Jane Doe. To be sure, the plaintiff may allege that he himself was a patient of Dr.
McKay, and counts to that effect remain pending in the circuit court of Du Page
County. They are not at issue in the present appeal, however.

We next consider whether the plaintiff may recover damages for lost society
and companionship under theories of intentional interference with a family
relationship, as alleged in counts IV, V, XIV, and XV of the amended complaint.
The defendants argue that this court's decision in Dralle v. Ruder, 124 Ill. 2d 61
(1988), should be construed as barring recovery for lost society and
companionship of a nonfatally injured child. The plaintiff contends that Dralle
does not bar recovery of these damages. Although we have considered the
negligence counts separately, we note that the same defects discussed below would
affect the negligence counts as well, for those counts also seek damages for lost
society and companionship.
In Dralle this court declined to recognize a cause of action by parents to
recover for loss of society and companionship in a products liability action against
the manufacturer of a drug that allegedly caused nonfatal birth defects in the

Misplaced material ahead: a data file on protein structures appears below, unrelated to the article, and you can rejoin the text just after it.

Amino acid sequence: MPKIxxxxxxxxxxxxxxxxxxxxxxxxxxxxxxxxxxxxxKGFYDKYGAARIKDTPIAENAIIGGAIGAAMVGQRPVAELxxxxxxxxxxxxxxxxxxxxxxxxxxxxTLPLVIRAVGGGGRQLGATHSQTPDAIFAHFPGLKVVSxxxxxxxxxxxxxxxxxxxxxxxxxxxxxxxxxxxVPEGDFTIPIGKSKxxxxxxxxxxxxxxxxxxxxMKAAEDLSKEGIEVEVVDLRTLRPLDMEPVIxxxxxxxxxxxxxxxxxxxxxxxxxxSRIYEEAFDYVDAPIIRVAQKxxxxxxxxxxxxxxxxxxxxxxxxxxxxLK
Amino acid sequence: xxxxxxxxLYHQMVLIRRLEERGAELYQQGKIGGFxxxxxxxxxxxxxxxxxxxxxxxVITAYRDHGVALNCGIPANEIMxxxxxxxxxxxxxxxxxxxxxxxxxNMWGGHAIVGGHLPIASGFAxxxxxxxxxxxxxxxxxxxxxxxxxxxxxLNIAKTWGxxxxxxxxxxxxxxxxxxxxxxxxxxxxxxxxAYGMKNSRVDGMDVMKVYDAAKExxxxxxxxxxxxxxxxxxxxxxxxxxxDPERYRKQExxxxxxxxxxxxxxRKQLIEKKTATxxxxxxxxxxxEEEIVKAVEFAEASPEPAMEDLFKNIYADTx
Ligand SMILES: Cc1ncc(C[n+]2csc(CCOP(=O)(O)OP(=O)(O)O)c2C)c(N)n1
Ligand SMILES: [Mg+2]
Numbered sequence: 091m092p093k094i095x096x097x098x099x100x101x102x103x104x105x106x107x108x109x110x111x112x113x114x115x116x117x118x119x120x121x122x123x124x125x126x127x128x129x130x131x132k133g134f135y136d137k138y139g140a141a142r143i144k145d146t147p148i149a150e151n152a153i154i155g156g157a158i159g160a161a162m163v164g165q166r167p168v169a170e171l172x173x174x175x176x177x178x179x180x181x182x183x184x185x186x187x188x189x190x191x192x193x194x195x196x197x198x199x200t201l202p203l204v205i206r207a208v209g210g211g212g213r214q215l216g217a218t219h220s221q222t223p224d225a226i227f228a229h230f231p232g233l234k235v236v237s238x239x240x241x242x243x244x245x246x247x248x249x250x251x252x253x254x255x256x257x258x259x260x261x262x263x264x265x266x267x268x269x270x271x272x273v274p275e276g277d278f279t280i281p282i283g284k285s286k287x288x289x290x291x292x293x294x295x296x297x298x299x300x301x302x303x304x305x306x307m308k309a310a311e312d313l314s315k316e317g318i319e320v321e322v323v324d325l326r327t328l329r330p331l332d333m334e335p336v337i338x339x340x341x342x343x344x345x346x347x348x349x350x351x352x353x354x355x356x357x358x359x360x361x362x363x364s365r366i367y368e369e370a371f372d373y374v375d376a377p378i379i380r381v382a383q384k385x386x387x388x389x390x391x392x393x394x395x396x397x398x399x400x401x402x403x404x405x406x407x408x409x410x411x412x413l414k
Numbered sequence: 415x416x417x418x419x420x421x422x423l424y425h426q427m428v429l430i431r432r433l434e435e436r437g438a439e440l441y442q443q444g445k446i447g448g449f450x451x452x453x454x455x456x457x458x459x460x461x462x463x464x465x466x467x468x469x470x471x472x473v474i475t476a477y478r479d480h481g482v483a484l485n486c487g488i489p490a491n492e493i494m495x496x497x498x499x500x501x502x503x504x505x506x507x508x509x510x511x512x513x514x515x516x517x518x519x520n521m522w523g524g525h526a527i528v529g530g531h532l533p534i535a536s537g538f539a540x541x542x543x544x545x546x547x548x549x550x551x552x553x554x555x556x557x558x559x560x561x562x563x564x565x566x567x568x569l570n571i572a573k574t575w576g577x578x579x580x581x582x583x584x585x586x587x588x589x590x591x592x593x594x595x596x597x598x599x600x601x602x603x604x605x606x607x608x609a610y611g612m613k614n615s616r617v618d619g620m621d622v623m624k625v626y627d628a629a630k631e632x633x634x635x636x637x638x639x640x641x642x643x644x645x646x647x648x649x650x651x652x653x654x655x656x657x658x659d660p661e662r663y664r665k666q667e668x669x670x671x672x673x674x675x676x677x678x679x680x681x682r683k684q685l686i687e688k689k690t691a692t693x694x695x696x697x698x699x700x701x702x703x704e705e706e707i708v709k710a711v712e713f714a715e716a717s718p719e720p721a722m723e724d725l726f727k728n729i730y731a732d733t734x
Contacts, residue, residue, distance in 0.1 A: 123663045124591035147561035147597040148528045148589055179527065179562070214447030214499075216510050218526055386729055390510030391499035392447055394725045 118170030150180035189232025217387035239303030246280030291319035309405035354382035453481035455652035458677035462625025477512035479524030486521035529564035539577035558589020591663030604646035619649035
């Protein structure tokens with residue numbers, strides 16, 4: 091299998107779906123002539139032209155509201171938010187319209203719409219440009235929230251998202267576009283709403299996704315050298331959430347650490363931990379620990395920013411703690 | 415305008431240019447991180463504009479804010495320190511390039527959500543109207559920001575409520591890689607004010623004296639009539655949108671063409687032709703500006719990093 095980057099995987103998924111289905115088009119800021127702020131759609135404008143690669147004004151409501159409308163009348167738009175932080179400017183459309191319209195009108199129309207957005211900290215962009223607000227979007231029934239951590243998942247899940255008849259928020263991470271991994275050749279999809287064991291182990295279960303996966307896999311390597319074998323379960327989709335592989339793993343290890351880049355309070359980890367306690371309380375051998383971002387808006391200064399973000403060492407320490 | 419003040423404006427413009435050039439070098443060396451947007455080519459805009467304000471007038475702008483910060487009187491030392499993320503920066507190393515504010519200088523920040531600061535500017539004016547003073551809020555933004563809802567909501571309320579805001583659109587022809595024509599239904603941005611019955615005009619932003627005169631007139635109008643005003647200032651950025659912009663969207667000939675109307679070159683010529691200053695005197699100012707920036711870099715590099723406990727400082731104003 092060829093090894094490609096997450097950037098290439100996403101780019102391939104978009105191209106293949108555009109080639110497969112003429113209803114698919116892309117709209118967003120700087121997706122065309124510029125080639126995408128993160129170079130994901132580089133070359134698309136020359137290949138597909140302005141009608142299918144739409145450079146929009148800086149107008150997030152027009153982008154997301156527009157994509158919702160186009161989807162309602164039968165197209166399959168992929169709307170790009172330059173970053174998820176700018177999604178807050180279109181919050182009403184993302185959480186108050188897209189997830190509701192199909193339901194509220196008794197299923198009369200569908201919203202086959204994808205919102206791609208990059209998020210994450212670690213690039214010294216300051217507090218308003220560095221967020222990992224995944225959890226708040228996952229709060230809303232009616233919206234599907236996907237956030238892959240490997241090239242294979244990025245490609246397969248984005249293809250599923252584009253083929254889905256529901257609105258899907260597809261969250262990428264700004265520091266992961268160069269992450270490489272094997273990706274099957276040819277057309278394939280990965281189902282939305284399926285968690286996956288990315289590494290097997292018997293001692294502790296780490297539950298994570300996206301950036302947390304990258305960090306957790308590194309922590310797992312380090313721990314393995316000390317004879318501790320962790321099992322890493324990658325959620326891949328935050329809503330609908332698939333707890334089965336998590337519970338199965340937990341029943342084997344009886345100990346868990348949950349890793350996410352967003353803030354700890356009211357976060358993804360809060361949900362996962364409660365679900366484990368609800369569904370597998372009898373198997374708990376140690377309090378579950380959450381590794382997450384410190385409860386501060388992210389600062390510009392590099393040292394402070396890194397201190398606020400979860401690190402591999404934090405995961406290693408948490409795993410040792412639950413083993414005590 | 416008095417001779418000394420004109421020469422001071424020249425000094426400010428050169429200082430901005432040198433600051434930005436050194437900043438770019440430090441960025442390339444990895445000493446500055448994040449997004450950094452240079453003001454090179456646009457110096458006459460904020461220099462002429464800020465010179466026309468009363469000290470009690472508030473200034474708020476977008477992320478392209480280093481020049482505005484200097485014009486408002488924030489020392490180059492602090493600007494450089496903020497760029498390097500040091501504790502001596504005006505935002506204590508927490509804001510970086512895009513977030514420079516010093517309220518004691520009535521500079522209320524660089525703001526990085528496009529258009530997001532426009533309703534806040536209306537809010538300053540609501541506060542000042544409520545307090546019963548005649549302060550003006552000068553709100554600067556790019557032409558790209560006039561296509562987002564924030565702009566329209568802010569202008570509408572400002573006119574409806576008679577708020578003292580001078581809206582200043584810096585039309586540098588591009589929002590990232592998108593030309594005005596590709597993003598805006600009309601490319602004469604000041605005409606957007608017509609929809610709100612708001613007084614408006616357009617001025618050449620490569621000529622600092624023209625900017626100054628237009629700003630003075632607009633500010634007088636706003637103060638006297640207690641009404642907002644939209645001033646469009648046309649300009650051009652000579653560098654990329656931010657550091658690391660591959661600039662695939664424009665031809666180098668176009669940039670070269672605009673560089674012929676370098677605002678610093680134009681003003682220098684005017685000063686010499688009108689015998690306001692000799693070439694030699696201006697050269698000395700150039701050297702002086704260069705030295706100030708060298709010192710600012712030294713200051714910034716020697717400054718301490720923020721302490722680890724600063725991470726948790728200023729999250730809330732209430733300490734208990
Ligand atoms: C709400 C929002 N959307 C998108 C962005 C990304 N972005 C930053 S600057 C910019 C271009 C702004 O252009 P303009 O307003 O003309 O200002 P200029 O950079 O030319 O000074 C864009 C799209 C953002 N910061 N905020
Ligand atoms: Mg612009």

plaintiffs' child. The court mentioned "the appropriate scope of tort liability"
(Dralle, 124 Ill. 2d at 69) and the interests that other relatives besides parents
could assert in bringing similar claims to recover for lost society caused by
nonfatal injuries to a relative. The court also cited the availability of the injured
child's own cause of action, which could be duplicated by the parents' own claim.
Dralle, 124 Ill. 2d at 70. Finally, the court referred to the problems that inevitably
arise in determining damages for lost society and companionship resulting from
nonfatal injuries. Dralle, 124 Ill. 2d at 70-71. Although Dralle rejected the
parents' claim, the court did not address recovery in actions based on what has
been characterized as a "direct" interference with family relationships, as opposed
to the "indirect" interference alleged in Dralle. Dralle, 124 Ill. 2d at 72-73, citing
Kunz v. Deitch, 660 F. Supp. 679 (N.D. Ill. 1987) (allowing widowed father to
bring action against in-laws for attempting to have child placed for adoption
without father's knowledge or consent); Whitehorse v. Critchfield, 144 Ill. App.
3d 192 (1986) (denying parent's cause of action for loss of society resulting from
acts intended to induce child to leave parental home); Dymek v. Nyquist, 128 Ill.